Powers and roots 5.1. Previous learning. Objectives based on NC levels and (mainly level ) Lessons 1 Working with integer powers of numbers

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1 N 5.1 Powers and roots Previous learning Before they start, pupils should be able to: recognise and use multiples, factors (divisors), common factor, highest common factor, lowest common multiple and primes use squares, positive and negative square roots, cubes and cube roots, and index notation for small positive integer powers. Objectives based on NC levels and (mainly level ) In this unit, pupils learn to: represent problems and synthesise information in different forms use accurate notation calculate accurately, selecting mental methods or a calculator as appropriate estimate, approximate and check working record methods, solutions and conclusions make convincing arguments to justify generalisations or solutions review and refine own findings and approaches on the basis of discussions with others and to: use index notation for integer powers know and use the index laws for multiplication and division of positive integer powers extend mental methods of calculation with factors, powers and roots use the power and root keys of a calculator use ICT to estimate square roots and cube roots use the prime factor decomposition of a number. Lessons 1 Working with integer powers of numbers About this unit Assessment Estimating square roots 3 Prime factor decomposition Sound understanding of powers and roots of numbers helps pupils to generalise the principles in their work in algebra. It also helps pupils to be aware of the relationships between numbers and to know at a glance which properties they possess and which they do not. This unit includes: an optional mental test which could replace part of a lesson (p. 00); a self-assessment section (N5.1 How well are you doing? class book p. 00); a set of questions to replace or supplement questions in the exercises or homework tasks, or to use as an informal test (N5.1 Check up, CD-ROM). Common errors and misconception N5.1 Powers and roots Look out for pupils who: think that n means n, or that n means n ; wrongly apply the index laws, e.g , or ; think that 1 is a prime number; include 1 in the prime factor decomposition of a number; confuse the highest common factor (HCF) and lowest common multiple (LCM); assume that the lowest common multiple of a and b is always a b.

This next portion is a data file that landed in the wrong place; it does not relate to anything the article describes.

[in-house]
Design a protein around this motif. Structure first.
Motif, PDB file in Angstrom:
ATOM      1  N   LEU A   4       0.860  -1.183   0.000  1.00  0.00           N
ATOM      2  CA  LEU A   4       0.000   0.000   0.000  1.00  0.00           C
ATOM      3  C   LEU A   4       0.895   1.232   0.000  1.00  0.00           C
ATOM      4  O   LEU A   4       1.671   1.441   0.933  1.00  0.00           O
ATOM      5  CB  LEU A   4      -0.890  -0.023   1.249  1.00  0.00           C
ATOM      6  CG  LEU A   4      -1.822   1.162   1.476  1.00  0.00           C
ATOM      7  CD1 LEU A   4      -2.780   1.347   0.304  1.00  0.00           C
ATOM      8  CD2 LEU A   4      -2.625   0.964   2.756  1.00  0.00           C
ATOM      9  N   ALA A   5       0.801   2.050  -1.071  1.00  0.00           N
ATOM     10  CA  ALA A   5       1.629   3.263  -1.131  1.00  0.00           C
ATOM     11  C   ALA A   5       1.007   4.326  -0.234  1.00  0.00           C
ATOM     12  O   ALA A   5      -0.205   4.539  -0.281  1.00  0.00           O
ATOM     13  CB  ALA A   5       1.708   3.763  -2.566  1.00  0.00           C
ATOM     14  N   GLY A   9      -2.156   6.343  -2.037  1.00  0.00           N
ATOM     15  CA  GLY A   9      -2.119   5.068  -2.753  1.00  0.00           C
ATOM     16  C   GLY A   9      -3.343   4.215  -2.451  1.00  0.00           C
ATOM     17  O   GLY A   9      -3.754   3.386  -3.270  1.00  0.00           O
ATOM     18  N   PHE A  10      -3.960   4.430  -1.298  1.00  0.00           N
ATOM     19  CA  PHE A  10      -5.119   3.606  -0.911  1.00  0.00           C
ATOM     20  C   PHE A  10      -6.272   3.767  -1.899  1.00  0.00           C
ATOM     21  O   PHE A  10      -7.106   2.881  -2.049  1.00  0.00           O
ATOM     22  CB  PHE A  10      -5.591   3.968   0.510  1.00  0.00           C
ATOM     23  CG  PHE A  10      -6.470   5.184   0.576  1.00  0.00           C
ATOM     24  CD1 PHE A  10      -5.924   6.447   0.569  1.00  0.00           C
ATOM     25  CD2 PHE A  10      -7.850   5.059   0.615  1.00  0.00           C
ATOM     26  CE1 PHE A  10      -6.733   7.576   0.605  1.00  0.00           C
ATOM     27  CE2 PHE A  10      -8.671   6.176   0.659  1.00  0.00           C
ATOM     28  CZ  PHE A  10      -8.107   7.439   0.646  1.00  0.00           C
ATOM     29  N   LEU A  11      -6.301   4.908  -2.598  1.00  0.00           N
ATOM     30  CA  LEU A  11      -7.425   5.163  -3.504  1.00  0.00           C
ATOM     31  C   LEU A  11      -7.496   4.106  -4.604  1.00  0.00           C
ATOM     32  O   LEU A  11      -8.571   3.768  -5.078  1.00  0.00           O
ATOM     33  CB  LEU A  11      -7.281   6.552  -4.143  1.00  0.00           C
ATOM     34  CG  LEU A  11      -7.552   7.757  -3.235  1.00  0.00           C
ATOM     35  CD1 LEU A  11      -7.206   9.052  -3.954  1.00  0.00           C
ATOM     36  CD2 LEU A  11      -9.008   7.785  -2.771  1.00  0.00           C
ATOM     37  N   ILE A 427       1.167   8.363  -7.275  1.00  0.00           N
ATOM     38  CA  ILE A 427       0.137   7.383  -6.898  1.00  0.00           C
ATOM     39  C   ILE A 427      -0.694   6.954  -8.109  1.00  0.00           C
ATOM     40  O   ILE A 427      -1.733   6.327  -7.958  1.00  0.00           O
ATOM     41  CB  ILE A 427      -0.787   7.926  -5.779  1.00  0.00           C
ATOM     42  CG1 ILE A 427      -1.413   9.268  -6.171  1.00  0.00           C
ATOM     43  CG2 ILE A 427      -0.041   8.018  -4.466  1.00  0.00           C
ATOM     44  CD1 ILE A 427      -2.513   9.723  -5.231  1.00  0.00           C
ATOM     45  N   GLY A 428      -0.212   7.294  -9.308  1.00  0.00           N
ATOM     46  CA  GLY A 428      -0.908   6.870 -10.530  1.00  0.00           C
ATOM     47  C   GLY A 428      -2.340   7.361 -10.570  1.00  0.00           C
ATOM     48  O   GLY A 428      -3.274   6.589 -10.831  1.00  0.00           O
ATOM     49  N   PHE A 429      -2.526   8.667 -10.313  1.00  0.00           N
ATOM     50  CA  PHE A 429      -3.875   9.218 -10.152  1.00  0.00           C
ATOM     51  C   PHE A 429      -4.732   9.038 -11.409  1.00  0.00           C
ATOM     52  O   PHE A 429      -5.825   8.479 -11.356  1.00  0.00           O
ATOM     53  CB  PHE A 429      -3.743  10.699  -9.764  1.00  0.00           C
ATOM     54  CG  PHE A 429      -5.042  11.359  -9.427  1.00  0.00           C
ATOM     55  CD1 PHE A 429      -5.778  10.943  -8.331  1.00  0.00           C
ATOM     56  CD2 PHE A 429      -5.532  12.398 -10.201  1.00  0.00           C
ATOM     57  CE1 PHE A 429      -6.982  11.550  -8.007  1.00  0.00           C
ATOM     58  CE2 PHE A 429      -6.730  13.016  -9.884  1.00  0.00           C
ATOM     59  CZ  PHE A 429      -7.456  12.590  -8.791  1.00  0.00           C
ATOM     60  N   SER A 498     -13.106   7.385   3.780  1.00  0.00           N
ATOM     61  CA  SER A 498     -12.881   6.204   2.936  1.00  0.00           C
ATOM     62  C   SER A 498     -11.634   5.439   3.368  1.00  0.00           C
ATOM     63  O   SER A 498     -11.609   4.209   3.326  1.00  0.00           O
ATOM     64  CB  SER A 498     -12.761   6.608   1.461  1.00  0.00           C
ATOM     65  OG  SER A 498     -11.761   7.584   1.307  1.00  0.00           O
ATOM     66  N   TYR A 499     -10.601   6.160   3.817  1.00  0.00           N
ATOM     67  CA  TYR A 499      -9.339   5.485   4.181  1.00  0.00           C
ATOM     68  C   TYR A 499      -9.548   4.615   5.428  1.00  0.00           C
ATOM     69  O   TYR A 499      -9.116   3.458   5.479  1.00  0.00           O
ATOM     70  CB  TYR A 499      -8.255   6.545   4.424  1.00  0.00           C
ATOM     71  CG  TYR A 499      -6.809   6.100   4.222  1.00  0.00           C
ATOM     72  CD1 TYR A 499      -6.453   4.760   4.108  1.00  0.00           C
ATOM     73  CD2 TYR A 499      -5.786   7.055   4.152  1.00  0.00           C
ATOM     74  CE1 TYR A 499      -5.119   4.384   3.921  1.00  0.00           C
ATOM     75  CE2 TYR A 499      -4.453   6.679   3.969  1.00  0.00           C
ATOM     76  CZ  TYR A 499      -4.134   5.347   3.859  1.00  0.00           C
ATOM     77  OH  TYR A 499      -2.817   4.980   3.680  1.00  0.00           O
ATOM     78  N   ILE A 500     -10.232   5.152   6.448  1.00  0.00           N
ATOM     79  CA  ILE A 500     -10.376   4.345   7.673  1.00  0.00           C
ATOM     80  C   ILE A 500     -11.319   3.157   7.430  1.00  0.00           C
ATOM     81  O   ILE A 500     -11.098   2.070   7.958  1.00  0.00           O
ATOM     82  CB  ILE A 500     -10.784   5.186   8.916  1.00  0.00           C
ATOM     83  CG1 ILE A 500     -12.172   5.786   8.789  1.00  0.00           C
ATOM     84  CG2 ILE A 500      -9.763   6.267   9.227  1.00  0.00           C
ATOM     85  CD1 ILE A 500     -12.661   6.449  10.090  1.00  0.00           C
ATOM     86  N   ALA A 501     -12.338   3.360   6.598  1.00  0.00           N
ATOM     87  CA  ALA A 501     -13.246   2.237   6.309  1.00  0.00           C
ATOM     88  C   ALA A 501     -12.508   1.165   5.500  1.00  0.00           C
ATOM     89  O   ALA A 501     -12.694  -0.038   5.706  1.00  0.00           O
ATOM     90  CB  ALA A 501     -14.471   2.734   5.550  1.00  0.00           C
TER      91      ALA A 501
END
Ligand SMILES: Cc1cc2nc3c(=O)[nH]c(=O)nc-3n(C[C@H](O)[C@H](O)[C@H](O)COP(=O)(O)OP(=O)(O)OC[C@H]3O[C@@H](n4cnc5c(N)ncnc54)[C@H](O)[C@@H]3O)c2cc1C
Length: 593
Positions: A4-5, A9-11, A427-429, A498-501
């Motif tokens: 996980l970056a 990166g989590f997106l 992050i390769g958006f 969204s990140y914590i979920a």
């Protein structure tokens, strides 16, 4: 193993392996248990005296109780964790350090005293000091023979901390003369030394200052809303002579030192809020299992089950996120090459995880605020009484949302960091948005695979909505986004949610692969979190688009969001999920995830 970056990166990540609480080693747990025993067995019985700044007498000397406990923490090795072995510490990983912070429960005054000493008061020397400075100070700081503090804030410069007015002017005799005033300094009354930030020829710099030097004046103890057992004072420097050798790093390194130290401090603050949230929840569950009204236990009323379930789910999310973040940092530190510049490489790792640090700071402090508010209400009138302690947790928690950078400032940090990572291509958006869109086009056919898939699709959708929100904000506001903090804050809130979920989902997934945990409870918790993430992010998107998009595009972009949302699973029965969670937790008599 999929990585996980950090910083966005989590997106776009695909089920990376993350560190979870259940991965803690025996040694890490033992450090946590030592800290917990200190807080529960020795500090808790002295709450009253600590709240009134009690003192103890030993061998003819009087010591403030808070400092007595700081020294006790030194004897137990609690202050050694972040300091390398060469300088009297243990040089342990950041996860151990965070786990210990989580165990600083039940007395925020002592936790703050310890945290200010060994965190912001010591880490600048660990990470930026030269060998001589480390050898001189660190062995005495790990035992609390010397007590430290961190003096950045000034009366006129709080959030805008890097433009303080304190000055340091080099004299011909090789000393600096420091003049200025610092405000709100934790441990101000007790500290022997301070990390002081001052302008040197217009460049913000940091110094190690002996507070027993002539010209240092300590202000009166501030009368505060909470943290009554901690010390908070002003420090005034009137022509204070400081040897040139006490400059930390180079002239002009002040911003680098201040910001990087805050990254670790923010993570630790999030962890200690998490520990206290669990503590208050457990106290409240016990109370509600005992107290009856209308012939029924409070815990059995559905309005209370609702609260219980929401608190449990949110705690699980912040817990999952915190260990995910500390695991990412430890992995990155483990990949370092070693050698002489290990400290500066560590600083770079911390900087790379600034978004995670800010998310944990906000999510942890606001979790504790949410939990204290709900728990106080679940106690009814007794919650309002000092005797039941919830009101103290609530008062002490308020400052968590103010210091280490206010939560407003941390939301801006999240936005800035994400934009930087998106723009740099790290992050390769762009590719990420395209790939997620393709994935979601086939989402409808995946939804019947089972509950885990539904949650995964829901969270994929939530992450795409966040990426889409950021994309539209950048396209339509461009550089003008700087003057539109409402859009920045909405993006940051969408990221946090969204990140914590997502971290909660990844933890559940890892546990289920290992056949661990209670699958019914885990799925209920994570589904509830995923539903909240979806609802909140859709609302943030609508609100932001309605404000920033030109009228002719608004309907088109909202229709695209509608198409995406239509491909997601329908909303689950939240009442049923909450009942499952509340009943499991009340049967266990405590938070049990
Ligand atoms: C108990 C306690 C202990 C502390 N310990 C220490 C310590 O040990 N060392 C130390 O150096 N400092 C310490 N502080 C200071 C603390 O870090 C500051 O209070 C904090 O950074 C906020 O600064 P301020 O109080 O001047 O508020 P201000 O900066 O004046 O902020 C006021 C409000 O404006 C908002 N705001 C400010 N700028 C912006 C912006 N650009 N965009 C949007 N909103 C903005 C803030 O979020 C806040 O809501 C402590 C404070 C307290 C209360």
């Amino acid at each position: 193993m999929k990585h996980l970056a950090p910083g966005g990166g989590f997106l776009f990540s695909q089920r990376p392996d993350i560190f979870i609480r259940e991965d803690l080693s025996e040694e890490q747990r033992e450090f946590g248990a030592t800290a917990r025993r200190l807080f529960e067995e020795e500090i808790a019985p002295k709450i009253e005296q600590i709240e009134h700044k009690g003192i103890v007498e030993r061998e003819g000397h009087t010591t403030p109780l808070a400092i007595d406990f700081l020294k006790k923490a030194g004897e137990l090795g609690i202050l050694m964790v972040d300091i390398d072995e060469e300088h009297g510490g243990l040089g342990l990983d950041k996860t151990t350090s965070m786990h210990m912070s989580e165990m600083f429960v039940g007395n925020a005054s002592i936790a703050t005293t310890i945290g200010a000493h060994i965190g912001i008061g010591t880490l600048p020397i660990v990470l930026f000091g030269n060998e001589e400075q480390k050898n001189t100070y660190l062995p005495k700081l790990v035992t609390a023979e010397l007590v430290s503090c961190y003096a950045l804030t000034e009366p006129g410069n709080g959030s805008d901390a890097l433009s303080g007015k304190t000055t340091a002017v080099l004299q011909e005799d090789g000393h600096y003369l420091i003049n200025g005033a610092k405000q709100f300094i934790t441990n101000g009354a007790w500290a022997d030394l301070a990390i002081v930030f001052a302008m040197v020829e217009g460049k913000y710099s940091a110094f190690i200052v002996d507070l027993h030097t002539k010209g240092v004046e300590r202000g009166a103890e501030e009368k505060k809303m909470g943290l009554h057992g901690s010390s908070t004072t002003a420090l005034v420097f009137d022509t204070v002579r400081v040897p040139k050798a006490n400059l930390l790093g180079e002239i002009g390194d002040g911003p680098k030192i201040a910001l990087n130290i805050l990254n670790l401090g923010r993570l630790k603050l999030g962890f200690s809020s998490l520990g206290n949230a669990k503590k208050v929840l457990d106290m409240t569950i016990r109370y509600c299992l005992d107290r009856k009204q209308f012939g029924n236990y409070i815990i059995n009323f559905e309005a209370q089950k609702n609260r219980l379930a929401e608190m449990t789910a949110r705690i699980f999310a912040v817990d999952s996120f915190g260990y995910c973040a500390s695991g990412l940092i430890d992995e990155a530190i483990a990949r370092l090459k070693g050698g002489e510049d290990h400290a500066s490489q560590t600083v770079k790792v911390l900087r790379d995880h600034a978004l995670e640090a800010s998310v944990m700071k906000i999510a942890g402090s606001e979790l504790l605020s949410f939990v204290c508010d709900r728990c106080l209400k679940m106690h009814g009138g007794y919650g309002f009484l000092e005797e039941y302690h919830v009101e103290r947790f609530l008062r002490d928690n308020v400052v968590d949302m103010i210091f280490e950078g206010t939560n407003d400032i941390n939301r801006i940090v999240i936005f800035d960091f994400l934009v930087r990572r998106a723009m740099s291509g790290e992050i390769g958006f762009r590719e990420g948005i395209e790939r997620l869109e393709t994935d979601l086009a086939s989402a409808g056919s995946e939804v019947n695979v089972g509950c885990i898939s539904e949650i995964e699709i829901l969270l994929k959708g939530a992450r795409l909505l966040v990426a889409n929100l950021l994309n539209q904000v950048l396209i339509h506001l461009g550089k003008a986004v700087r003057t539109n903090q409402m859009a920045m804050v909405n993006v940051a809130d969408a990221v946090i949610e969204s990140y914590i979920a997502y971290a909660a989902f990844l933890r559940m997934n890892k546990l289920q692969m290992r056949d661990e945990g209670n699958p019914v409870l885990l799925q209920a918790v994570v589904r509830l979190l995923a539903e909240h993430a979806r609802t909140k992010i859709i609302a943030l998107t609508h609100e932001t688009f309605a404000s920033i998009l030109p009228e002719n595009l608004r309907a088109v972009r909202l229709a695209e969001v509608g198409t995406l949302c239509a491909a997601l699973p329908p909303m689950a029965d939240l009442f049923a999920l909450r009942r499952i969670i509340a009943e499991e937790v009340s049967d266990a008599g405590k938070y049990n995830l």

2 Key terms and notation Practical resources Exploring maths Useful websites problem, solution, method, pattern, relationship, expression, solve, explain, systematic, trial and improvement calculate, calculation, calculator, operation, multiply, divide, divisible, product, quotient positive, negative, integer factor, factor pair, prime, prime factor decomposition, power, root, square, cube, square root, cube root, notation n and n, n 3 and 3 n scientific calculators for pupils individual whiteboards Tier 5 teacher s book N5.1 Mental test, p. 00 Answers for Unit N5.1, pp Tier 5 CD-ROM PowerPoint files N5.1 Slides for lessons 1 to 3 Excel file N5.1 SquareRoot Tools and prepared toolsheets Calculator tool Tier 5 programs Multiples and factors quiz HCF and LCM Ladder method computers with spreadsheet software, e.g. Microsoft Excel, or graphics calculators Tier 5 class book N5.1, pp Tier 5 home book N5.1, pp Tier 5 CD-ROM N5.1 Check up Topic B: Indices: simplifying Factor tree nlvm.usu.edu/en/nav/category_g_3_t_1.html Grid game N5.1 Powers and roots